Given the seeming plague of high-profile sexual assaults marking Baylor University’s recent past, it was only natural to expect that Baylor Vice President for Student Life Kevin Jackson might dominate last week’s Texas House Committee on Higher Education meeting on sexual violence at colleges statewide. It didn’t quite work out that way.

State Rep. Myra Crownover unwittingly stole some of the thunder by pressing another witness about the correlation between drinking and sexual assaults. Some later suggested this was outrageous, though expert witness Noël Busch-Armendariz of the Institute on Domestic Violence and Sexual Assault didn’t think so. Often enough, they are intertwined.

But even putting aside the dustup over Crownover, Jackson’s 20-minute appearance before the committee offered few revelations beyond his general remarks about the need for universities and colleges in Texas to mount a summit “to talk about this and to share best practices with each other.” Which is, of course, not only smart but overdue.

Jackson talked a lot about best practices, listing steps that Baylor has taken including extensive training in the prevention of sexual assault for students and faculty (to the degree it would seem hard for anyone to now elude such training); bolstering counseling services and its Title IX program, whose staff includes a coordinator, two investigators, a case manager, a training coordinator (all full-time) and, by contract, two external adjudicators, one of them a judge; and increased scrutiny of groups where insularity can breed bad behavior — athletic teams and fraternities, for instance.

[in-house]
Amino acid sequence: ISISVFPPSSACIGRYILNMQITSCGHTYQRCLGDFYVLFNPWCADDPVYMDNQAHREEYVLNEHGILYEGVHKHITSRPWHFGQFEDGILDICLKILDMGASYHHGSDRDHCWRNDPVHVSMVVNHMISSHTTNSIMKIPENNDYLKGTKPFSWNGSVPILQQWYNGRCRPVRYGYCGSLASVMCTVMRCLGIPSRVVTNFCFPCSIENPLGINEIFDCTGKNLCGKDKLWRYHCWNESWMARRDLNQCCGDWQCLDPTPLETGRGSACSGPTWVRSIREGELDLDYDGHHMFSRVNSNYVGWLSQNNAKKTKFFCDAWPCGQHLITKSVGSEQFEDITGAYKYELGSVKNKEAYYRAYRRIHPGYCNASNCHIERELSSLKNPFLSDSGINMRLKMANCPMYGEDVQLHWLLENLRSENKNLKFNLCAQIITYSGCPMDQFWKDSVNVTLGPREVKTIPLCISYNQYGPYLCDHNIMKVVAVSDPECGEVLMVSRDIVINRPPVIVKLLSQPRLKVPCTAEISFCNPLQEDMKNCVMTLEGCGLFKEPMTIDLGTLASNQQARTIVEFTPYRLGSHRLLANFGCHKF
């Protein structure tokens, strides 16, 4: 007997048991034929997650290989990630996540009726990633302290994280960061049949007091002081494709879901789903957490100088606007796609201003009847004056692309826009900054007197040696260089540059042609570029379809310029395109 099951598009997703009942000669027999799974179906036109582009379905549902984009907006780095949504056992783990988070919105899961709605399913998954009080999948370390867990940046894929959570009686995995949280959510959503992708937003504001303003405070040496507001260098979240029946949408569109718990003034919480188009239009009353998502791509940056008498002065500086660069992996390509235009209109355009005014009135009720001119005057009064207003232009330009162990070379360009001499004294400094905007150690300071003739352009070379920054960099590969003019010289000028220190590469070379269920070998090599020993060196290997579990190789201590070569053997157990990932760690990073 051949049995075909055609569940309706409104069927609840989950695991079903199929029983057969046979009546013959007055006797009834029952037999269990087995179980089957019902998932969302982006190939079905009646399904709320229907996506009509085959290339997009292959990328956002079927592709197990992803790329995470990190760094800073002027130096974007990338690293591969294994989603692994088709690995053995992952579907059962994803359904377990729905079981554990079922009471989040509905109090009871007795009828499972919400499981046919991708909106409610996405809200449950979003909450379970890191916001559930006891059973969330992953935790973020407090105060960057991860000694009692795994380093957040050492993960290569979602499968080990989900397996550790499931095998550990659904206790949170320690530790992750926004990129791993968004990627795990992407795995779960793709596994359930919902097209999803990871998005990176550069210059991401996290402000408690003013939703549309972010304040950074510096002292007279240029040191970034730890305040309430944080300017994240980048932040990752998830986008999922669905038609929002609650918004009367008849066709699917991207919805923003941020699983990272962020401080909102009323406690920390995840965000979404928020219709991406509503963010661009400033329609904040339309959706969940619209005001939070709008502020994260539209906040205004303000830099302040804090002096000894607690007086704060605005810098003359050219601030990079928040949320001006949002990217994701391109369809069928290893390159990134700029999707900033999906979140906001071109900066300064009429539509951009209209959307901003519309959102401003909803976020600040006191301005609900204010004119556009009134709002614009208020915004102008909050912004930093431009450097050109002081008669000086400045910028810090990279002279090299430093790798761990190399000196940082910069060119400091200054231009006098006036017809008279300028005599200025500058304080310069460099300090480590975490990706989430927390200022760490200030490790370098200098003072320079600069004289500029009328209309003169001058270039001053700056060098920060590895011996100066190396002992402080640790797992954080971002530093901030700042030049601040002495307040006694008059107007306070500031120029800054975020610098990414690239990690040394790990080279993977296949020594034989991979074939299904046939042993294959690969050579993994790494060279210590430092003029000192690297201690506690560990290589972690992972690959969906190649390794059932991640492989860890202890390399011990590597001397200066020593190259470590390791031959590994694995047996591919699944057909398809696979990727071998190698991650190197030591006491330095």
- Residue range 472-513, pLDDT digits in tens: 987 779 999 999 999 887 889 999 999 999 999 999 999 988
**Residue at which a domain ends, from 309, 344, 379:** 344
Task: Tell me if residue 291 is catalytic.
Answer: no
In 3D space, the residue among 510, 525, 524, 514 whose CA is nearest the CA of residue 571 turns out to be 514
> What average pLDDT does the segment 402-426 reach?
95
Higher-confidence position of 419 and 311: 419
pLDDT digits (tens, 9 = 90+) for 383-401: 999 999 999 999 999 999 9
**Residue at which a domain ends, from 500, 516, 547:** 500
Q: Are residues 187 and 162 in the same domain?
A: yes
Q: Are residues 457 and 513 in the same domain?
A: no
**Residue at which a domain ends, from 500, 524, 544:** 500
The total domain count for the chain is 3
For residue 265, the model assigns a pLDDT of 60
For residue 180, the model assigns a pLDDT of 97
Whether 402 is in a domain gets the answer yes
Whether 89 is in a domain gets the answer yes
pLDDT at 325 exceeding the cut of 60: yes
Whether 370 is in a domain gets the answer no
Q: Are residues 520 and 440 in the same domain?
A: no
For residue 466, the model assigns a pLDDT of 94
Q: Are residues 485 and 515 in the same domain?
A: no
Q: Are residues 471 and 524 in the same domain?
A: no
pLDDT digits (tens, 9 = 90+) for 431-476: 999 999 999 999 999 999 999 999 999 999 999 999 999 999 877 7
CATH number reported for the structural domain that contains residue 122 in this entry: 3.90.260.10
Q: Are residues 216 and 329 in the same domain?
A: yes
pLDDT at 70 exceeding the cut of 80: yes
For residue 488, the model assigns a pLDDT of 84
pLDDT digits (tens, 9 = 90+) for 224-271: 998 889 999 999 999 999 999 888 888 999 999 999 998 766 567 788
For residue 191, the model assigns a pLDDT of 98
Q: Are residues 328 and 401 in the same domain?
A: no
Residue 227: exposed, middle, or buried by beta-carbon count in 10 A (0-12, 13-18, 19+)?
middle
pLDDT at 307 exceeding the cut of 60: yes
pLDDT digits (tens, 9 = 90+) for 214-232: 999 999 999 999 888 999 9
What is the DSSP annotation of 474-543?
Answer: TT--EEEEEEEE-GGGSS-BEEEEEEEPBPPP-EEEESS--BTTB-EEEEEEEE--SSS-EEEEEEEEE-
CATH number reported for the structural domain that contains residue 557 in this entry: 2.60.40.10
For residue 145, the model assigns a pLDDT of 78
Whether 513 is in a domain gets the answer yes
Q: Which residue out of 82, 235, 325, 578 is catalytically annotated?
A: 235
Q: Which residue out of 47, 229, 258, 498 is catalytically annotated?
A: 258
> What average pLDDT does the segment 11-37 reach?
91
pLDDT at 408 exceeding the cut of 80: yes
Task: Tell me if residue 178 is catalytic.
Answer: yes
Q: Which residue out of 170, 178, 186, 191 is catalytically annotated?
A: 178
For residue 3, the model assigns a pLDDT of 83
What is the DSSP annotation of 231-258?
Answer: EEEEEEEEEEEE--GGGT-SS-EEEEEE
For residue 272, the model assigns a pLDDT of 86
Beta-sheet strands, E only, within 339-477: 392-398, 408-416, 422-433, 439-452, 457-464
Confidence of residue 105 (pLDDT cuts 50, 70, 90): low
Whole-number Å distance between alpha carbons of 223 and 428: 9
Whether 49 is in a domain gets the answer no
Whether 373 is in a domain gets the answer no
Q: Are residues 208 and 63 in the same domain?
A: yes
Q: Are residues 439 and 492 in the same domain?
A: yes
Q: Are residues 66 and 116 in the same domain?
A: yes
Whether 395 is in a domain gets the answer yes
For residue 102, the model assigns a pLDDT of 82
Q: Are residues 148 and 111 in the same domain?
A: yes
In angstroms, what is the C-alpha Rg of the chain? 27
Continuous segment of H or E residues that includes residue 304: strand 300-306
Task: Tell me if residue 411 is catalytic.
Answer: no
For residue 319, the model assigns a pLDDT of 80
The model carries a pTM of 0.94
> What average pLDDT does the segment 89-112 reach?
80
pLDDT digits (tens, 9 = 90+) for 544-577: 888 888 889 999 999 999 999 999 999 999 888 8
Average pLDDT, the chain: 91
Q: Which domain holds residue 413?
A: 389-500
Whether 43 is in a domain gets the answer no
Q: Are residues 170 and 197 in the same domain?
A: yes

Jackson’s appearance comes amid rough times for Baylor. Athletic and academic strides have been overshadowed by allegations it not only mishandled sexual assaults involving Baylor football players (and others) but showed little regard for the victims. Some women since then have recalled for the news media (including the Trib) and social media what they say were campus experiences that only added to the trauma of sexual assault.

For instance, one woman said that, even though she learned her accusation of rape made a total of six such allegations leveled at Baylor football player Tevin Elliott, she was told by the Baylor associate dean for student conduct that the situation would require a court decision for any campus or team action because, otherwise, it was a “he-said, she-said” situation.

Such experiences mirror that of Annie E. Clark, executive director of the national organization End Rape on Campus, who last week talked of her sexual assault at the University of North Carolina in 2007 and her discussion afterward with a campus administrator: “She told me rape was like a football game, that I was the quarterback in charge of the situation, and what I might have done differently to prevent that from happening. While that was hurtful, I don’t think this person said that out of malice. I think there was a structural lack of training and that person should have known better.”

Baylor awaits a comprehensive review of its protocol involving such matters conducted by Pepper Hamilton, a law firm with expertise in institutional responses to sexual misconduct. In the meantime, Baylor officials would be wise to review Clark’s testimony and that of Busch-Armendariz, who talked about how campus services for assault victims must count on an “axiom of trust-building, dialogue, evidence, competence and thoughtful action.” Which raises a fair question: Are the individuals tasked with such duties at Baylor up to what Jackson himself acknowledges as complex, deeply personal and heart-breaking work?

As Clark said last week quoting a sexual assault victim who felt let down by campus protocols: “Best practices are only best when they’re practiced.”